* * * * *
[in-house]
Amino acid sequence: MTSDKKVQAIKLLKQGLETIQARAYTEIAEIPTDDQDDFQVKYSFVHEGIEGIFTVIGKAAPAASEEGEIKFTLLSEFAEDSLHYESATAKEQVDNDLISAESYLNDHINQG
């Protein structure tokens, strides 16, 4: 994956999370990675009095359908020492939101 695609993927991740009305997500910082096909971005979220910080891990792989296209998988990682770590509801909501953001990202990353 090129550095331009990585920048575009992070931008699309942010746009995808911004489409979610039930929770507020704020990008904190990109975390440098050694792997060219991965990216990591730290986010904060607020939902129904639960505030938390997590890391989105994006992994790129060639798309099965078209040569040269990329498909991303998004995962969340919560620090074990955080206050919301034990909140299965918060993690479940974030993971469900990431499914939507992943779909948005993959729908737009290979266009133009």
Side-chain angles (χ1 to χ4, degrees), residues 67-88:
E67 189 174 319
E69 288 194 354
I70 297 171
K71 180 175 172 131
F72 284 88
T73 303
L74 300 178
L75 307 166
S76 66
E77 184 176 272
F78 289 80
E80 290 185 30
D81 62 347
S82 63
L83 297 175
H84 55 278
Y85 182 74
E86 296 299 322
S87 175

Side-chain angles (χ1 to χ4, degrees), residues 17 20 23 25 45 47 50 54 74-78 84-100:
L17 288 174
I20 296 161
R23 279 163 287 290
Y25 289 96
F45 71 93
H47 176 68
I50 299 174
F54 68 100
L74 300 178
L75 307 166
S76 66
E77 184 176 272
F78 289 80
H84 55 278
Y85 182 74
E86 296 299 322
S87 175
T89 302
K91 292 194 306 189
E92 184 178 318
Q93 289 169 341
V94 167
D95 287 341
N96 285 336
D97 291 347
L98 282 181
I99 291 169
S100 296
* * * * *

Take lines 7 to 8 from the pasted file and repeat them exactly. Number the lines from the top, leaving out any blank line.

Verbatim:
I70 297 171
K71 180 175 172 131